12. wonderful post, I am currently living in south texas and there is so much going on right now with the’s really heartbreaking, there is so much more that needs to be focused on right now..the gulf, our soliders, great info..


  13. Barbara Miller-Collins

     /  June 9, 2010

    Tammy, wonderful words. You reaffirm the “power of one” to bring change. It is sad that our society has become so knee jerk reactionary and so inclined to treat each other without civility. May we all live more responsibly by taking the time to seek truth before forming opinions.

    Thank you for being a gentle voice of persuasion and reason!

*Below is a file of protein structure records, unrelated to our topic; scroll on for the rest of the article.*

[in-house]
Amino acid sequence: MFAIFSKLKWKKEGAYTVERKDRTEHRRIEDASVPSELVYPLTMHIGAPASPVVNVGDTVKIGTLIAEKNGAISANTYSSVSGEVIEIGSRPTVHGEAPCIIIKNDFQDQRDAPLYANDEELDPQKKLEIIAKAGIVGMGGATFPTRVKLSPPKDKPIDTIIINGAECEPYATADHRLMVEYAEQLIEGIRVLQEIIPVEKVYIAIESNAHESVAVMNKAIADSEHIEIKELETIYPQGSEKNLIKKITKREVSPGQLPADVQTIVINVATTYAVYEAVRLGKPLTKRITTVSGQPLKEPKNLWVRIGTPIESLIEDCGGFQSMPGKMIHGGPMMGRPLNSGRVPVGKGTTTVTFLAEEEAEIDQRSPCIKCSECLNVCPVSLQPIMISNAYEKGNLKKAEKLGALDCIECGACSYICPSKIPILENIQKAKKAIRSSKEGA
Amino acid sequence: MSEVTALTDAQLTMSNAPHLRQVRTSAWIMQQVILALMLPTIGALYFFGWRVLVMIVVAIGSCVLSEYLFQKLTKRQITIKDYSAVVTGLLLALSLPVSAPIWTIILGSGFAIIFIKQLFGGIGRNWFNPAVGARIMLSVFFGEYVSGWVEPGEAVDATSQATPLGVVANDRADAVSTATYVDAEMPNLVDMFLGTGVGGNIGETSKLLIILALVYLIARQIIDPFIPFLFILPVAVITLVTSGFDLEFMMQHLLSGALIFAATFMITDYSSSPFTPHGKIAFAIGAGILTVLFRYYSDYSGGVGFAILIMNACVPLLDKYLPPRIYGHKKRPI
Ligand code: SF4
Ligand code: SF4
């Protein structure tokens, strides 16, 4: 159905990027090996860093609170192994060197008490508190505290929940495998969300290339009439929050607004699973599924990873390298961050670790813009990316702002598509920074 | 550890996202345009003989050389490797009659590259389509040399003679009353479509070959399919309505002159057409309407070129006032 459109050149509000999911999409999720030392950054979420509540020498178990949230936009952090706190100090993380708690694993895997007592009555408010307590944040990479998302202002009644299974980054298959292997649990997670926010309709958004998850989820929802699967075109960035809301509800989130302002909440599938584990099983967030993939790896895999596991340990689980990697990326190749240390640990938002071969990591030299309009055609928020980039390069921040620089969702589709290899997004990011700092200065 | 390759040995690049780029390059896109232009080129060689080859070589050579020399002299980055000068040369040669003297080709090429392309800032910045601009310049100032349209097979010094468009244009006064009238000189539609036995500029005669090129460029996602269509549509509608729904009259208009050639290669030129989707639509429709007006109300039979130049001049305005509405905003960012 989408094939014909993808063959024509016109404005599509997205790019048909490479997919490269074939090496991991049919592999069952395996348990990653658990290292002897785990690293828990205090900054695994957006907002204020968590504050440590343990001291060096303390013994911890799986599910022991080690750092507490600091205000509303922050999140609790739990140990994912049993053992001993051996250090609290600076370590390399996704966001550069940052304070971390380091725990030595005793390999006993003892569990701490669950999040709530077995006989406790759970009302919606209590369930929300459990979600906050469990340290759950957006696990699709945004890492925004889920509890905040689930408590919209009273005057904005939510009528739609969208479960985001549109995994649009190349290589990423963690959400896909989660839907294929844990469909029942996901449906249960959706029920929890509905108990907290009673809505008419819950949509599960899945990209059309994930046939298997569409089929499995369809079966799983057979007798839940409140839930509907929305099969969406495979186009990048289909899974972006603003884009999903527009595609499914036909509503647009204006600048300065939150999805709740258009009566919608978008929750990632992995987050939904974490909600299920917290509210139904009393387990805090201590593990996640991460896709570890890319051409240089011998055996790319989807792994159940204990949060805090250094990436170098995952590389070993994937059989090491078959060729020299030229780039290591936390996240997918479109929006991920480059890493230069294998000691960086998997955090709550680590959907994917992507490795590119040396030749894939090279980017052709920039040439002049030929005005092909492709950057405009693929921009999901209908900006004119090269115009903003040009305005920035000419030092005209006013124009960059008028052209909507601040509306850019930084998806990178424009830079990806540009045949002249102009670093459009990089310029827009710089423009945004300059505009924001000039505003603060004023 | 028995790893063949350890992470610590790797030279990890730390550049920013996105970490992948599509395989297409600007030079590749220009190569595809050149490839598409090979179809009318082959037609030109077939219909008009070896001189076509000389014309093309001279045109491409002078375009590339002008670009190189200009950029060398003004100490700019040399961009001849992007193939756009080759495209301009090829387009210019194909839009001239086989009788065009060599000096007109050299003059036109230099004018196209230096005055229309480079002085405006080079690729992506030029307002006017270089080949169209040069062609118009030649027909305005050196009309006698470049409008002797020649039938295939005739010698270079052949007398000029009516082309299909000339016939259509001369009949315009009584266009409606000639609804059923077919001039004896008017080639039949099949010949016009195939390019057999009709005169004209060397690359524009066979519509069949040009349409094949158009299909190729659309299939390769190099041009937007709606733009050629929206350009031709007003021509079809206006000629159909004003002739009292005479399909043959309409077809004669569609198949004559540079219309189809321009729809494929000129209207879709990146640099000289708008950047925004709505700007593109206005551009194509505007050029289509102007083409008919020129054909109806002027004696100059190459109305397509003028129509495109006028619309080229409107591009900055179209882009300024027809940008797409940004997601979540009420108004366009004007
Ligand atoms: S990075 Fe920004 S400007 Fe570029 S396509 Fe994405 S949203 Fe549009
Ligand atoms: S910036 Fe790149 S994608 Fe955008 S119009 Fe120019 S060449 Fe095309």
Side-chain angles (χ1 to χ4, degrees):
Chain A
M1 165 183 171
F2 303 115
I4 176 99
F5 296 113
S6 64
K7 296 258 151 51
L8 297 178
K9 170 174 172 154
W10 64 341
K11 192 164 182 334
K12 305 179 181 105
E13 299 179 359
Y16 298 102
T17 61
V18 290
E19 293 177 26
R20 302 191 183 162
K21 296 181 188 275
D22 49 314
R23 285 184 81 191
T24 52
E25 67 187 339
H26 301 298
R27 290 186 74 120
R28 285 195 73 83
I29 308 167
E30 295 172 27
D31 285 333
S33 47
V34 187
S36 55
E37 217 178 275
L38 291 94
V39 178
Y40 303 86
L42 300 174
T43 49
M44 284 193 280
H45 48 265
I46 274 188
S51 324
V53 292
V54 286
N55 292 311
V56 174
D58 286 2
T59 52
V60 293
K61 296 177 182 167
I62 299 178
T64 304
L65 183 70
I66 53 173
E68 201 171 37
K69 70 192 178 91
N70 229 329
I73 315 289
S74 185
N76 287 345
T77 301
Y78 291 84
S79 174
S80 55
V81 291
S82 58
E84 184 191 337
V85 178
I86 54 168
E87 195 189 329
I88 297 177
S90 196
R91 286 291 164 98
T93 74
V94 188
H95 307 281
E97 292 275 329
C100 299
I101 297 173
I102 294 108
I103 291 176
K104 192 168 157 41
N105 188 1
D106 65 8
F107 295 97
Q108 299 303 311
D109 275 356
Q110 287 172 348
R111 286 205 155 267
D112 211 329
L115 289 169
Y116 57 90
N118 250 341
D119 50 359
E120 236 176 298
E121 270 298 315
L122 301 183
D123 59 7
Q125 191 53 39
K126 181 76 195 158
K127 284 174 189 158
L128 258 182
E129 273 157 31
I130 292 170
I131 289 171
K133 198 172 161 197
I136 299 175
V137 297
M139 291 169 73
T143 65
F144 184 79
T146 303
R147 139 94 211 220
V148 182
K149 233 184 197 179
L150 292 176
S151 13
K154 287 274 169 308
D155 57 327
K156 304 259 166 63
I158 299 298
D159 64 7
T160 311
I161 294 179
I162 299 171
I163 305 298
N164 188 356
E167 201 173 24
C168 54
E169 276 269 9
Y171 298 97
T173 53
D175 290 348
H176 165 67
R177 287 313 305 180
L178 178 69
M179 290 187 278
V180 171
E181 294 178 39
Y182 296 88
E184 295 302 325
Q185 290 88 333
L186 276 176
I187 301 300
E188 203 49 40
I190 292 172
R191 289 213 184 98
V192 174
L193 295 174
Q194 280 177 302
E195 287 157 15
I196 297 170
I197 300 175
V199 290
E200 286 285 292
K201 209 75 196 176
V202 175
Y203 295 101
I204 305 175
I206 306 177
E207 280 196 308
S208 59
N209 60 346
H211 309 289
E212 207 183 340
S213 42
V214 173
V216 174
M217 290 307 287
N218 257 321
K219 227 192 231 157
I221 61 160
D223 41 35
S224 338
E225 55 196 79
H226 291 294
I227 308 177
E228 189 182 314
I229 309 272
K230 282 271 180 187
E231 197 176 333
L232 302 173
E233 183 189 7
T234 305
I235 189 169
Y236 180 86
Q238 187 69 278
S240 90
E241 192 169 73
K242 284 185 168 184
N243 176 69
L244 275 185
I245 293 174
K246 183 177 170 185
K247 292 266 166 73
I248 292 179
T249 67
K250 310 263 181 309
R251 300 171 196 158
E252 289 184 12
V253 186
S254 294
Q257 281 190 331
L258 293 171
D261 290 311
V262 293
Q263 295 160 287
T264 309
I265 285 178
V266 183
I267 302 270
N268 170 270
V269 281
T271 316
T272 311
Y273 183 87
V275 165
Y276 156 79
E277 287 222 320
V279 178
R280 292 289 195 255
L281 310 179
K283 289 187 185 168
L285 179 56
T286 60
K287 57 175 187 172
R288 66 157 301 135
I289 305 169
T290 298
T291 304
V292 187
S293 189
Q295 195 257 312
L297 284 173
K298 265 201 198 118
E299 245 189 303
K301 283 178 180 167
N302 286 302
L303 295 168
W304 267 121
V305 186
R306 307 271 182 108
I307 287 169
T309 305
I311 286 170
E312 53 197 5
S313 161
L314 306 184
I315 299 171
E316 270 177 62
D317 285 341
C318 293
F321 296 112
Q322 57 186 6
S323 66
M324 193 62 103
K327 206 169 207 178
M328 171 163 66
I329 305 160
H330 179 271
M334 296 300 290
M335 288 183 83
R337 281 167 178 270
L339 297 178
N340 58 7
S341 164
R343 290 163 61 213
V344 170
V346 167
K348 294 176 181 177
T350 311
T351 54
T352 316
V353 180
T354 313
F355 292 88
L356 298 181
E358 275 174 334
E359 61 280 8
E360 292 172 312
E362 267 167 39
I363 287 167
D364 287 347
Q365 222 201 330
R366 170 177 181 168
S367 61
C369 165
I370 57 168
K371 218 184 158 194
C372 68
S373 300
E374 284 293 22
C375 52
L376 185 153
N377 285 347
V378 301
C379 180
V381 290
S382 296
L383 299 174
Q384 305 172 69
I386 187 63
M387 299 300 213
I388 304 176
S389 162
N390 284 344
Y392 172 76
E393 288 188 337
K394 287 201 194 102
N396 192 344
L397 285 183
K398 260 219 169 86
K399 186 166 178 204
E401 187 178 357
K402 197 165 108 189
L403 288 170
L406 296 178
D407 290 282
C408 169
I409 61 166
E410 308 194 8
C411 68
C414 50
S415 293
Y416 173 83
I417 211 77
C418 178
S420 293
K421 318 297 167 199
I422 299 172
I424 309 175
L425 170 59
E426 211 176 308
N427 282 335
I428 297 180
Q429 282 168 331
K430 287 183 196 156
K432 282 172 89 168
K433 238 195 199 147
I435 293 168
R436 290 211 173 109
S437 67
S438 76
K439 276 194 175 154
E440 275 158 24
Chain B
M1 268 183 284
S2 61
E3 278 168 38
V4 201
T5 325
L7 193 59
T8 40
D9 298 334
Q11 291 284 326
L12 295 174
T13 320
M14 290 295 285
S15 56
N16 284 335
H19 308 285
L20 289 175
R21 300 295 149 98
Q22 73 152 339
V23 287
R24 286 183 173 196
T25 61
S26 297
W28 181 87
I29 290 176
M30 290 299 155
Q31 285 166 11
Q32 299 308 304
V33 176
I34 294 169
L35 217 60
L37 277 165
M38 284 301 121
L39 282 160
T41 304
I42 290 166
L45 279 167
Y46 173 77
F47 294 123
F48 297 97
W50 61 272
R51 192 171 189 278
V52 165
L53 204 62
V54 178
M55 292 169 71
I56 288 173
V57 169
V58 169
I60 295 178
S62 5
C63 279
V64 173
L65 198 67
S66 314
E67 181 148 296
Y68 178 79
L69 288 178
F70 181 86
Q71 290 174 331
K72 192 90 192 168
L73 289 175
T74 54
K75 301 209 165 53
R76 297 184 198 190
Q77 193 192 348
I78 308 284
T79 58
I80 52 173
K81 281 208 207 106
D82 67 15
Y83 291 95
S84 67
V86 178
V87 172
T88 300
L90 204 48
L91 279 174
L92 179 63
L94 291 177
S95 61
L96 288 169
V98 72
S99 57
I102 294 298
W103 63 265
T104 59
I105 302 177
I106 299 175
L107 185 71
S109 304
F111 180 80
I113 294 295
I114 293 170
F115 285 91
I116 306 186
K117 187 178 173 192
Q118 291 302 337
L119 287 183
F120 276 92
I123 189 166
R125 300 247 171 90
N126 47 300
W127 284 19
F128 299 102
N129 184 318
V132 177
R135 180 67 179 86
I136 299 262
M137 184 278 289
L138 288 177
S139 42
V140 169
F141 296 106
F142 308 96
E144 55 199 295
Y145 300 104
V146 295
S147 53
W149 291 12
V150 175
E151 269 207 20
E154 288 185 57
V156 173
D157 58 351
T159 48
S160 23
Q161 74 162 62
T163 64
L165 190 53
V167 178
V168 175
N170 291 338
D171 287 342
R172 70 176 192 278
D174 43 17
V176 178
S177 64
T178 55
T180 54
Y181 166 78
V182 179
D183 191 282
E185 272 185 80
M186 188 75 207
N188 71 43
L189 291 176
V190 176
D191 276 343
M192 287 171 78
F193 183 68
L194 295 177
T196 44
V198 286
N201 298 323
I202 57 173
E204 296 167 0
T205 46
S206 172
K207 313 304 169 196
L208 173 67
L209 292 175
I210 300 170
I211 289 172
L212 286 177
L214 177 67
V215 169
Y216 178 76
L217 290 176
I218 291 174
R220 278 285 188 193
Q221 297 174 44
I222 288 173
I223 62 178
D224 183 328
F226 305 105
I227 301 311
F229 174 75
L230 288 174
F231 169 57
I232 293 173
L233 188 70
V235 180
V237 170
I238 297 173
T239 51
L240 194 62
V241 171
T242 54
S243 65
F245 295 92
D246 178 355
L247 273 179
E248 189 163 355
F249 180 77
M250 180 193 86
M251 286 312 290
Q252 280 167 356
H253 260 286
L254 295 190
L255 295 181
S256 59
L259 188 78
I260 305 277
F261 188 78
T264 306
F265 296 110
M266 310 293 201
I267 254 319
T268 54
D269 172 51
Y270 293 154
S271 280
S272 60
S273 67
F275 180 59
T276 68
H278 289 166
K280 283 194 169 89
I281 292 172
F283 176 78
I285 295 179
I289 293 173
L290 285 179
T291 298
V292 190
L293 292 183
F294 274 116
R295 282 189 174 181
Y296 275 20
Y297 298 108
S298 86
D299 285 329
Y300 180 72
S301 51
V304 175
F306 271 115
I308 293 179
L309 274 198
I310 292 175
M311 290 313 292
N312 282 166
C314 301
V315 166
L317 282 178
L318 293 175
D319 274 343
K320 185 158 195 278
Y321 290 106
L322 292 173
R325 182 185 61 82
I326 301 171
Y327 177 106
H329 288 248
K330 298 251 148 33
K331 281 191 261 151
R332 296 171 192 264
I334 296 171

14. Yes, it is always good to inform ourselves. The more you know, the better. It is also important to find other souces of information than the mainstream ones…



  15. Michelle Brown

     /  June 11, 2010

    Great post. I teach the youth at my church, and I hear them spout off about the issues. Often it is misguided, and often they are getting it from their parents (whether the distortion of the truth comes from the kids or the parents remains to be seen). However, if we all took time to educate ourselves, what would the media sensationalize?

  16. This is a fantastic post, people should use research and knowledge to make their statement more informed and think about whether a view is justified.

    Television news in particular gives few details and is so superficial, and yet people find it hard to read a lot of print and become a bix lax in forming opinions.

    My son just did a project on immigration in Australia too, and they learnt quite a lot about it, we really need to think and read before forming a view.